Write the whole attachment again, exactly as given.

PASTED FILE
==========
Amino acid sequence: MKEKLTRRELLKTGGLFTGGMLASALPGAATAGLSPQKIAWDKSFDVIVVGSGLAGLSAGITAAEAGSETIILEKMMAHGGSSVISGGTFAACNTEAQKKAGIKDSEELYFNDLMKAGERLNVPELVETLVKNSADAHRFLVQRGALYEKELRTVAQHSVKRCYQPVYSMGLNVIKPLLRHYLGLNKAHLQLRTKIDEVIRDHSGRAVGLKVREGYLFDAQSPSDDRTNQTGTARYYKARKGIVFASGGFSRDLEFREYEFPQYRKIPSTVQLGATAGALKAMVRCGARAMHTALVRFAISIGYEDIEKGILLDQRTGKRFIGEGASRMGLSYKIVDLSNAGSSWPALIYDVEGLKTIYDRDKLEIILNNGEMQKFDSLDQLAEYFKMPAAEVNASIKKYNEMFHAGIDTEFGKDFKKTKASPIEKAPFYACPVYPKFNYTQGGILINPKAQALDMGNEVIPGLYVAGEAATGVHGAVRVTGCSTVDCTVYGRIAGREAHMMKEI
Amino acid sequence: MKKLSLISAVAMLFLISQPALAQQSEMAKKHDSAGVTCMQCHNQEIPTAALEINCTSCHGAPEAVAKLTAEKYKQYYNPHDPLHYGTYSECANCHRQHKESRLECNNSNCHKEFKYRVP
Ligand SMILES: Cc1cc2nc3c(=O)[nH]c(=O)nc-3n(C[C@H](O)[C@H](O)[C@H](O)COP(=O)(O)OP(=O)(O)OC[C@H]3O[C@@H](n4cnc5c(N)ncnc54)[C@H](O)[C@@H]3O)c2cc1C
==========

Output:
Amino acid sequence: MKEKLTRRELLKTGGLFTGGMLASALPGAATAGLSPQKIAWDKSFDVIVVGSGLAGLSAGITAAEAGSETIILEKMMAHGGSSVISGGTFAACNTEAQKKAGIKDSEELYFNDLMKAGERLNVPELVETLVKNSADAHRFLVQRGALYEKELRTVAQHSVKRCYQPVYSMGLNVIKPLLRHYLGLNKAHLQLRTKIDEVIRDHSGRAVGLKVREGYLFDAQSPSDDRTNQTGTARYYKARKGIVFASGGFSRDLEFREYEFPQYRKIPSTVQLGATAGALKAMVRCGARAMHTALVRFAISIGYEDIEKGILLDQRTGKRFIGEGASRMGLSYKIVDLSNAGSSWPALIYDVEGLKTIYDRDKLEIILNNGEMQKFDSLDQLAEYFKMPAAEVNASIKKYNEMFHAGIDTEFGKDFKKTKASPIEKAPFYACPVYPKFNYTQGGILINPKAQALDMGNEVIPGLYVAGEAATGVHGAVRVTGCSTVDCTVYGRIAGREAHMMKEI
Amino acid sequence: MKKLSLISAVAMLFLISQPALAQQSEMAKKHDSAGVTCMQCHNQEIPTAALEINCTSCHGAPEAVAKLTAEKYKQYYNPHDPLHYGTYSECANCHRQHKESRLECNNSNCHKEFKYRVP
Ligand SMILES: Cc1cc2nc3c(=O)[nH]c(=O)nc-3n(C[C@H](O)[C@H](O)[C@H](O)COP(=O)(O)OP(=O)(O)OC[C@H]3O[C@@H](n4cnc5c(N)ncnc54)[C@H](O)[C@@H]3O)c2cc1C